Tiny LED could turn phone cameras into high-res microscopes
Researchers from the Disruptive & Sustainable Technologies for Agricultural Precision (DiSTAP) and the Critical Analytics for Manufacturing Personalised-Medicine (CAMP) Interdisciplinary Research Groups (IRG) of Singapore-MIT Alliance for Research and Technology (SMART), have developed a small LED (light-emitting diode) that enabled the conversion of existing mobile phone cameras into high-resolution microscopes. Smaller than the wavelength of light, the new LED was used to build a holographic microscope, paving the way for existing cameras in everyday devices such as mobile phones to be converted into microscopes via modifications to the silicon chip and software. This technology also represents a step forward in the miniaturisation of diagnostics for indoor farmers and sustainable agriculture.
This breakthrough was supplemented by the researchers’ development of a neural networking algorithm that can reconstruct objects measured by the holographic microscope, thus enabling enhanced examination of microscopic objects such as cells and bacteria without the need for advancement in photonics — the building of a powerful on-chip emitter that is smaller than a micrometre, which has been a challenge in the field.
The light in most photonic chips originates from off-chip sources, which leads to low overall energy efficiency and fundamentally limits the scalability of these chips. To address this issue, researchers have developed on-chip emitters using various materials such as rare-earth-doped glass, Ge-on-Si, and heterogeneously integrated III-V materials. While emitters based on these materials have shown promising device performance, integrating their fabrication processes into standard complementary metal-oxide-semiconductor (CMOS) platforms remains challenging.
While silicon (Si) has shown potential as a material for nanoscale and individually controllable emitters, Si emitters suffer from low quantum efficiency because of the indirect bandgap, and this disadvantage combined with the limitations set by the available materials and fabrication tools has hindered the realisation of a small native Si emitter in CMOS.
In a paper published in Nature Communications, SMART researchers described their development of the small Si emitter with a light intensity comparable to that of state-of-the-art Si emitters with much larger emission areas. In a related development, SMART researchers also revealed their construction of a novel, untrained deep neural network architecture capable of reconstructing images from a holographic microscope in a paper published in the journal Optica.
The novel LED is a CMOS-integrated sub-wavelength scale LED at room temperature exhibiting high spatial intensity (102 ± 48 mW/cm2) and possessing a small emission area (0.09 ± 0.04 μm2). In order to demonstrate a potential practical application, the researchers integrated this LED into an in-line, centimetre-scale, and all-silicon holographic microscope requiring no lens or pinhole, integral to a field known as lensless holography. A commonly faced obstacle in lensless holography is computational reconstruction of the imaged object. Traditional reconstruction methods require detailed knowledge of the experimental set-up for accurate reconstruction and are sensitive to difficult-to-control variables such as optical aberrations, the presence of noise, and the twin image problem.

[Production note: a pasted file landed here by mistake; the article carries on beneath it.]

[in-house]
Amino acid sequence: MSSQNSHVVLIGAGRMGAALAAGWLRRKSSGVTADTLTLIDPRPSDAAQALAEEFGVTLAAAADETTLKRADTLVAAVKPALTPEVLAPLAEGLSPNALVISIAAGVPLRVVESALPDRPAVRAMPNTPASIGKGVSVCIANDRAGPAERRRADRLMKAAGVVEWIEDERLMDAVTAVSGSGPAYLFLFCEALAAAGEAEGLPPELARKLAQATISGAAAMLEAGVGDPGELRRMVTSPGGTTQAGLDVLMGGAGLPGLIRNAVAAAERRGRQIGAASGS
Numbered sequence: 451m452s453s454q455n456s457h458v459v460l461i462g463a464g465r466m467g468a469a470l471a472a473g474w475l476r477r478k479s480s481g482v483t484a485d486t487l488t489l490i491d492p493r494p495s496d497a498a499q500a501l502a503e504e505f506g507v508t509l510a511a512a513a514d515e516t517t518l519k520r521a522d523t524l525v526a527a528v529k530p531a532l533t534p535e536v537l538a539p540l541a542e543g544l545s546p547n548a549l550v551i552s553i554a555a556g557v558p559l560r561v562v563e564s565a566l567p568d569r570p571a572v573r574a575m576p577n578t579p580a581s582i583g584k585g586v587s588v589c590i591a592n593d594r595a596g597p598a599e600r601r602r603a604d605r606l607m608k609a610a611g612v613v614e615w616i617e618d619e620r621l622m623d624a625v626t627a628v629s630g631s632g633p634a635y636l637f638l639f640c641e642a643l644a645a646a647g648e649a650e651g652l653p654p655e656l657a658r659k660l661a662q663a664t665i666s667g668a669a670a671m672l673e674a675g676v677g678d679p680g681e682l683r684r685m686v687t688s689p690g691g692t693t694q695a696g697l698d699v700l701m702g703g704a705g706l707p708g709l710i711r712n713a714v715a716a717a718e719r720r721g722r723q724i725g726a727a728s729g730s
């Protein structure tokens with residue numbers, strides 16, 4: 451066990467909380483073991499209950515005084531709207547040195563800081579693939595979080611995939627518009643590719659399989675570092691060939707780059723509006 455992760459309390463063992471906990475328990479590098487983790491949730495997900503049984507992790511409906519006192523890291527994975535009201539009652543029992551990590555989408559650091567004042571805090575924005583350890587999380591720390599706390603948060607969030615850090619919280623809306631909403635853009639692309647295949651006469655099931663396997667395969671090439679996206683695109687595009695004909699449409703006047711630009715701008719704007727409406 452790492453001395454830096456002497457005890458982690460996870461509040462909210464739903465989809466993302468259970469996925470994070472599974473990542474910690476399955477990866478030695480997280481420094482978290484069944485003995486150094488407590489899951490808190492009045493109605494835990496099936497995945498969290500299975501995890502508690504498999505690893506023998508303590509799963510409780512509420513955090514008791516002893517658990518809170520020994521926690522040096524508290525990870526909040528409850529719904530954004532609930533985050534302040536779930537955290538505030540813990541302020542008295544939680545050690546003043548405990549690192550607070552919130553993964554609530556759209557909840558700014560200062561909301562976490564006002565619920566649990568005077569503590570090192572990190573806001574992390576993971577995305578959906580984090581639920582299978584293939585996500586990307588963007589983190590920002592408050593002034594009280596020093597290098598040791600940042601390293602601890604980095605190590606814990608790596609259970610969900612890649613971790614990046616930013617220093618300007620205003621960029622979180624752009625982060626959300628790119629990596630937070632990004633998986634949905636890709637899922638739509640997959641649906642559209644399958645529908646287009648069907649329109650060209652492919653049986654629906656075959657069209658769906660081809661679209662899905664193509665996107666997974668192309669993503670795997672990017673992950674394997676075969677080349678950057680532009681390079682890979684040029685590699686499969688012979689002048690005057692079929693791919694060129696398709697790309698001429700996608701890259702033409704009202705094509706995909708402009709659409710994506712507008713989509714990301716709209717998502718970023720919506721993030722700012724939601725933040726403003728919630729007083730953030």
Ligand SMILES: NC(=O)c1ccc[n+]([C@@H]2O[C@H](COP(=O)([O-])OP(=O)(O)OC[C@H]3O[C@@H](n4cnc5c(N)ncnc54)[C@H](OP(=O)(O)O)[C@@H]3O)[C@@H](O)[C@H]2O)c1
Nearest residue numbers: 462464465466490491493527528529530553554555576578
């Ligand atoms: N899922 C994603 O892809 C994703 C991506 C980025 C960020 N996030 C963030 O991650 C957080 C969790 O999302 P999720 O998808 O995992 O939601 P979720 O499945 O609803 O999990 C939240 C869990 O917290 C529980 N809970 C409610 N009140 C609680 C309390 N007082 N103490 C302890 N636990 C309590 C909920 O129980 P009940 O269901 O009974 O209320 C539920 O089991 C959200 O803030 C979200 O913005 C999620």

The researchers also developed a deep neural network architecture to improve the quality of image reconstruction. This untrained deep neural network incorporates total variation regularisation for increased contrast and takes into account the wide spectral bandwidth of the source. Unlike traditional methods of computational reconstruction, this neural network eliminates the need for training by embedding a physics model within the algorithm. The neural network also offers blind source spectrum recovery from a single diffracted intensity pattern, which marks a departure from all previous supervised learning techniques.
The untrained neural network demonstrated in this study allows researchers to use novel light sources without prior knowledge of the source spectrum or beam profile, such as the novel Si LED described above, fabricated via fully commercial, unmodified bulk CMOS microelectronics. The researchers believe that this combination of CMOS micro-LEDS and the neural network can be used in other computational imaging applications, such as a compact microscope for live-cell tracking or spectroscopic imaging of biological tissues such as living plants. This work also demonstrates the feasibility of next-generation on-chip imaging systems.
Iksung Kang, lead author of the Optica paper and Research Assistant at MIT at the time of this research, said, “Our breakthrough represents a proof of concept that could be hugely impactful for numerous applications requiring the use of micro-LEDs.”
Rajeev Ram, Principal Investigator at SMART CAMP and co-author of both papers, said that the new LED has a range of other applications alongside its potential in lensless holography. “Because its wavelength is within the minimum absorption window of biological tissues, together with its high intensity and nanoscale emission area, our LED could be ideal for bio-imaging and bio-sensing applications, including near-field microscopy and implantable CMOS devices,” Ram said.
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